The Chomsky(–Schützenberger) hierarchy is used in textbooks of theoretical computer science, but it obviously only covers a very small fraction of formal languages (REG, CFL, CSL, RE) compared to the full Complexity Zoo Diagram. Does the hierarchy play any role in current research anymore? I found only little references to Chomsky here at cstheory.stackexchange, and in Complexity Zoo the names Chomsky and Schützenberger are not mentioned at all.
Is current research more focused on other means of description but formal grammars? I was looking for practical methods to describe formal languages with different expressiveness, and stumbled upon growing context sensitive language (GCSL) and visibly pushdown languages (VPL), which both lie between the classic Chomsky languages. Shouldn't the Chomsky hierarchy be updated to include them? Or is there no use of selecting a specific hierarchy from the full set of complexity classes? I tried to select only those languages that can be fit in gaps of the Chomsky hierarchy, as far as I understand:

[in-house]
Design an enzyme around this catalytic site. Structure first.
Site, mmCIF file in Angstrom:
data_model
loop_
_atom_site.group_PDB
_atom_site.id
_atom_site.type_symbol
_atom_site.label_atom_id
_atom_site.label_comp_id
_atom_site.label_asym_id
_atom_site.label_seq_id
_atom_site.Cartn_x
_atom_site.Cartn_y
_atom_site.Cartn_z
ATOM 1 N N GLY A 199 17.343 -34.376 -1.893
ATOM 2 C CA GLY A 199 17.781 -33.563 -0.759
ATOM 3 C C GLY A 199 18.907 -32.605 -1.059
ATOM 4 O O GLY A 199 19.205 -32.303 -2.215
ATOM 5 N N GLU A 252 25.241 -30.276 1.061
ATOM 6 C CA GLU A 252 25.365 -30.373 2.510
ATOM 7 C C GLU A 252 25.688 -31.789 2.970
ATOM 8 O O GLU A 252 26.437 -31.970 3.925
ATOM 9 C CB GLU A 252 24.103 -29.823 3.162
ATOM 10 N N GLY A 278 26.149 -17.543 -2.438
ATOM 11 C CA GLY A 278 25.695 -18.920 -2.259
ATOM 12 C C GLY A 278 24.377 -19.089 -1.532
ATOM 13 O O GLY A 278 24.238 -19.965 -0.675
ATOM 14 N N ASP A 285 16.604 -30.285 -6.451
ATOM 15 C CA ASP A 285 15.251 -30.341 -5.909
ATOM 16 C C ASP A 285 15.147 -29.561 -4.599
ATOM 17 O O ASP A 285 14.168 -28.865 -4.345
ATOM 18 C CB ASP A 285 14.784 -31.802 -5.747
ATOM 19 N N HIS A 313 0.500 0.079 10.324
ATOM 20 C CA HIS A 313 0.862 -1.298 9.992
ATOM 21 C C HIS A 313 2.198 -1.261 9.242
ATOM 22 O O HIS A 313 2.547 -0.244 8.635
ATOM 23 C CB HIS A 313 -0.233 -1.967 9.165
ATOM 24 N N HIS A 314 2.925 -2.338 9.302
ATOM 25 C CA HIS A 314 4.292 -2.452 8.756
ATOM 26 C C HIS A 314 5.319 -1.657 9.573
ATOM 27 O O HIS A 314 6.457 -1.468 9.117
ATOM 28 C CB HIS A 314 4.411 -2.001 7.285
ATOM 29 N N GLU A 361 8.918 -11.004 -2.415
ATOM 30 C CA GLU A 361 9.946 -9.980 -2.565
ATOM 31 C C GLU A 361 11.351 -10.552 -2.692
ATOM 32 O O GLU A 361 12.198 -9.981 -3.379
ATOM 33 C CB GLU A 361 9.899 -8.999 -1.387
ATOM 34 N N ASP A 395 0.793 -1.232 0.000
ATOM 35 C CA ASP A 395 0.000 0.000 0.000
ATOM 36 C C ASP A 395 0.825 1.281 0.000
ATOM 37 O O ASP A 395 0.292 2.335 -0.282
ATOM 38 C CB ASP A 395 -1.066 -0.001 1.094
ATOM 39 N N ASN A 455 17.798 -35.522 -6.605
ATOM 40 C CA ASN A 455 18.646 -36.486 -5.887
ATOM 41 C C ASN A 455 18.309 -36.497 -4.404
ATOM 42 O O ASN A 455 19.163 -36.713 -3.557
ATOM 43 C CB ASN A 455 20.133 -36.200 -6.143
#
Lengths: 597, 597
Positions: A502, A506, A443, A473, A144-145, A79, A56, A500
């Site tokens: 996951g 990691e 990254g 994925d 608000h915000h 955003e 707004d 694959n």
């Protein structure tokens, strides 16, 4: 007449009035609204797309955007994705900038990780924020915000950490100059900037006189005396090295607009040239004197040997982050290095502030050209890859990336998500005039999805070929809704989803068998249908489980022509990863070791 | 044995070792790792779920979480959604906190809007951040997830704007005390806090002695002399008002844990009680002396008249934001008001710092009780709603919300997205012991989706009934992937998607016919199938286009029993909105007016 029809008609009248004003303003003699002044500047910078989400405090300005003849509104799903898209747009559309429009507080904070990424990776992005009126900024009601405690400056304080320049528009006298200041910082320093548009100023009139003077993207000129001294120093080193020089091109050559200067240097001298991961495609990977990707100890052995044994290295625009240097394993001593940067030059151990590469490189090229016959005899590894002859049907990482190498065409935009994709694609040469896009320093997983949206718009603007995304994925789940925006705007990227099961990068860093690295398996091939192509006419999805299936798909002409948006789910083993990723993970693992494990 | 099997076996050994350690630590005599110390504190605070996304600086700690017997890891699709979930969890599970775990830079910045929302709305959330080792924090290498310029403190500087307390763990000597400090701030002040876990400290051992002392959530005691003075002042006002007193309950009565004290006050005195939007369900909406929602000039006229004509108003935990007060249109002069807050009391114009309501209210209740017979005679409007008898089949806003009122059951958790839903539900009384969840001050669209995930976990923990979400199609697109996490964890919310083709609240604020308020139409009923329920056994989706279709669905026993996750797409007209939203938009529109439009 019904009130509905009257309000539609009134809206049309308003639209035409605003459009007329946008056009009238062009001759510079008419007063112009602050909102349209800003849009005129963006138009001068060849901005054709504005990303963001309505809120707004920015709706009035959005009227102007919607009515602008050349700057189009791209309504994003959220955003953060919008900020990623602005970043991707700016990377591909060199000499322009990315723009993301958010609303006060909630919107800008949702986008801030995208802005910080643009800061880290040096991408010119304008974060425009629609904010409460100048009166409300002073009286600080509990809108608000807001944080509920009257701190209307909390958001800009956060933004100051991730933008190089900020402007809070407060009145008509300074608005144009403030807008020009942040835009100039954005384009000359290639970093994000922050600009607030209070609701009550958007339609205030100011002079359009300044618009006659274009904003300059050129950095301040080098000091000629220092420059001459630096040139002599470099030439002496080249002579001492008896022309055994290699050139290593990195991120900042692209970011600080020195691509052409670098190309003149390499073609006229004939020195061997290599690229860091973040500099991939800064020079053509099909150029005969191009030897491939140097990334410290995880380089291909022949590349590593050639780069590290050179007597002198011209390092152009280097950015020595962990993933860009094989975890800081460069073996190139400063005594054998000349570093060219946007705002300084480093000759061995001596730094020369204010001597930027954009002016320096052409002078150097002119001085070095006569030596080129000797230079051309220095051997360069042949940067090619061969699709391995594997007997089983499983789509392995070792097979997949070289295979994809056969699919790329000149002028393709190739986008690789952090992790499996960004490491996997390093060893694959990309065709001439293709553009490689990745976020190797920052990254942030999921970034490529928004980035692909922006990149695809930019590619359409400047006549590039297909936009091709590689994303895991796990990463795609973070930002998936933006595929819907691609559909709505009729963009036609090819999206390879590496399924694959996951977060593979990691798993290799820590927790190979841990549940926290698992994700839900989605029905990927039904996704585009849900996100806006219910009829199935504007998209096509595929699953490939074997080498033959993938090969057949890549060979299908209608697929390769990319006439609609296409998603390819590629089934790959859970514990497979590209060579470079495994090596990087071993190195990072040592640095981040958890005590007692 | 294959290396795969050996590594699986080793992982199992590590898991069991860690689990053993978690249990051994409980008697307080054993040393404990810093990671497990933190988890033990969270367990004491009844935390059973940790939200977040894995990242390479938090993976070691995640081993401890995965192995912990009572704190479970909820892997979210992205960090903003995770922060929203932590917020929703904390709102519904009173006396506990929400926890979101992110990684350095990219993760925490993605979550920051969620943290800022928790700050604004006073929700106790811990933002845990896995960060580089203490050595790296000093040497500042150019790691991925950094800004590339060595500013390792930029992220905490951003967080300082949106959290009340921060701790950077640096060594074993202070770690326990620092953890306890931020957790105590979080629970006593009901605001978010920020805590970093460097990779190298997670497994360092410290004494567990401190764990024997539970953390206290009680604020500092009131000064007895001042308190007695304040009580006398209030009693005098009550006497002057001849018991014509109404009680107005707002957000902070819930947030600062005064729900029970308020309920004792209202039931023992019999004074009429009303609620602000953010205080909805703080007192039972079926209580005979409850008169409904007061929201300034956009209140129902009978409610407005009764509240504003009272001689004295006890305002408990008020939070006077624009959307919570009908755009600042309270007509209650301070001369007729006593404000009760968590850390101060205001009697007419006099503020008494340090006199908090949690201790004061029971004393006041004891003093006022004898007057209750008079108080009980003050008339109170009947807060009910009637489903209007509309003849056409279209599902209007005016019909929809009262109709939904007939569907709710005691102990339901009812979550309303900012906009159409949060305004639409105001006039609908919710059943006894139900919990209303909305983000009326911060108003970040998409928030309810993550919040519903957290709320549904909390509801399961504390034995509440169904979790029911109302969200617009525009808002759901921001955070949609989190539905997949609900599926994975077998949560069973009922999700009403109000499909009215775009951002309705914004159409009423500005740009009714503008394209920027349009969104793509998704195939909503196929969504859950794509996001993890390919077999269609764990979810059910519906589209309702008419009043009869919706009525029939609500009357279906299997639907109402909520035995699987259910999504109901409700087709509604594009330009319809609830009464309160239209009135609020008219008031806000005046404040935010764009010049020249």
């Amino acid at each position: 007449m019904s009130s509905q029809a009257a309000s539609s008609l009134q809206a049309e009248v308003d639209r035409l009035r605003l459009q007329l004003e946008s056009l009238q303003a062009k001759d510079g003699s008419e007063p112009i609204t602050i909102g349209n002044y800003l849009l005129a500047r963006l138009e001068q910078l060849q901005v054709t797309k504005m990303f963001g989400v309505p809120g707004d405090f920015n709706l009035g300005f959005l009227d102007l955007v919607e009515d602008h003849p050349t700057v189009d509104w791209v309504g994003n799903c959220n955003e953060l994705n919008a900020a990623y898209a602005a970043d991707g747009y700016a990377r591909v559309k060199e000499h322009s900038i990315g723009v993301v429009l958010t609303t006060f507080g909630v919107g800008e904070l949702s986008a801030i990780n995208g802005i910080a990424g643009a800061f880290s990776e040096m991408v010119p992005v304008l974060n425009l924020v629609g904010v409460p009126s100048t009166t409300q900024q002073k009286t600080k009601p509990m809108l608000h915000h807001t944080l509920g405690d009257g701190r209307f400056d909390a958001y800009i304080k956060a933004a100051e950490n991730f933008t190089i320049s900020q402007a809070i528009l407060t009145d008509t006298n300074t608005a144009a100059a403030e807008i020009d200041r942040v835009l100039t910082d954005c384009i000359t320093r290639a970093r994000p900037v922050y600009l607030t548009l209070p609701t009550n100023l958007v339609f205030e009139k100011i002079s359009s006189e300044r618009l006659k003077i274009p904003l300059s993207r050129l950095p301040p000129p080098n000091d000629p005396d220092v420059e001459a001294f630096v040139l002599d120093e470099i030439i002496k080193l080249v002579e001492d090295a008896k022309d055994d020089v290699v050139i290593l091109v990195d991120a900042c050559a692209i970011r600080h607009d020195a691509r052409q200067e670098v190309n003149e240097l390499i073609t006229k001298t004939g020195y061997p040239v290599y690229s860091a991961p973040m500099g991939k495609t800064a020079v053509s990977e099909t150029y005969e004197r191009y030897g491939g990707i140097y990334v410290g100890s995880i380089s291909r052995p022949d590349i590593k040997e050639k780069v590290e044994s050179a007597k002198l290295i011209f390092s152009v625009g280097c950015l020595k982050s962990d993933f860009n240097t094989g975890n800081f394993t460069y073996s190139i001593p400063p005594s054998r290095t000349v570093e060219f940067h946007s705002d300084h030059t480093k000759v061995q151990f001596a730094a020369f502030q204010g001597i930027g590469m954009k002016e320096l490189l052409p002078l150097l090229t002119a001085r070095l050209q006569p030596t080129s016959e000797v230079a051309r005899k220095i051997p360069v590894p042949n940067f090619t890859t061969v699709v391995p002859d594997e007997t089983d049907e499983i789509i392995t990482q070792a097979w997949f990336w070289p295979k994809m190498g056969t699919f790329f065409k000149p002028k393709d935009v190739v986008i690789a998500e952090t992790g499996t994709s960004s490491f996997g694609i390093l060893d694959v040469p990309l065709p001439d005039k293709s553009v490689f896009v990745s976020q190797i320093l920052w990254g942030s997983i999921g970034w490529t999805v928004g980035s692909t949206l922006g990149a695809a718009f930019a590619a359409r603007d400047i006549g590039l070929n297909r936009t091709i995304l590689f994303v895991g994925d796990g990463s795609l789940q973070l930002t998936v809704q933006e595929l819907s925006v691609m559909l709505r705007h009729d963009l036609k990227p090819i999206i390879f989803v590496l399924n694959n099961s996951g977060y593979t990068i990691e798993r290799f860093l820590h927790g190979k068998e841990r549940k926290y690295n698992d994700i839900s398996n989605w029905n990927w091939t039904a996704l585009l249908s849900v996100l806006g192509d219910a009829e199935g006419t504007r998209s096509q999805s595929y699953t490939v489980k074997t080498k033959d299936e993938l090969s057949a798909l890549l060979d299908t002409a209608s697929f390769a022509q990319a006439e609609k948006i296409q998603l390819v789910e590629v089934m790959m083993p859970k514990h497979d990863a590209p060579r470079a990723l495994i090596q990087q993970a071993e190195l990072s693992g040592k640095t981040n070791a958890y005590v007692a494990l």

REG (=Chomsky 3) ⊊ VPL ⊊ DCFL ⊊ CFL (=Chomsky 2) ⊊ GCSL ⊊ CSL (=Chomsky 1) ⊊ R ⊊ RE
I still don't get where "mildly context-sensitive languages" and "indexed languages" fit in (somewhere between CFL and CSL) although there seems to be of practical relevance for natural language processing (but maybe anything of practical relevance is less interesting in theoretical research ;-). In addition you could mention GCSL ⊊ P ⊂ NP ⊂ PSPACE and CSL ⊊ PSPACE ⊊ R to show the relation to the famous classes P and NP.
I found on GCSL and VPL:
- Robert McNaughton: An Insertion into the Chomsky Hierarchy?. In: Jewels are Forever, Contributions on Theoretical Computer Science in Honor of Arto Salomaa. S. 204-212, 1999
- http://en.wikipedia.org/wiki/Nested_word#References (VPL)
I'd also be happy if you know any more recent textbook on formal grammars that also deal with VPL, DCLF, GCSL and indexed grammars, preferable with pointers to practical applications.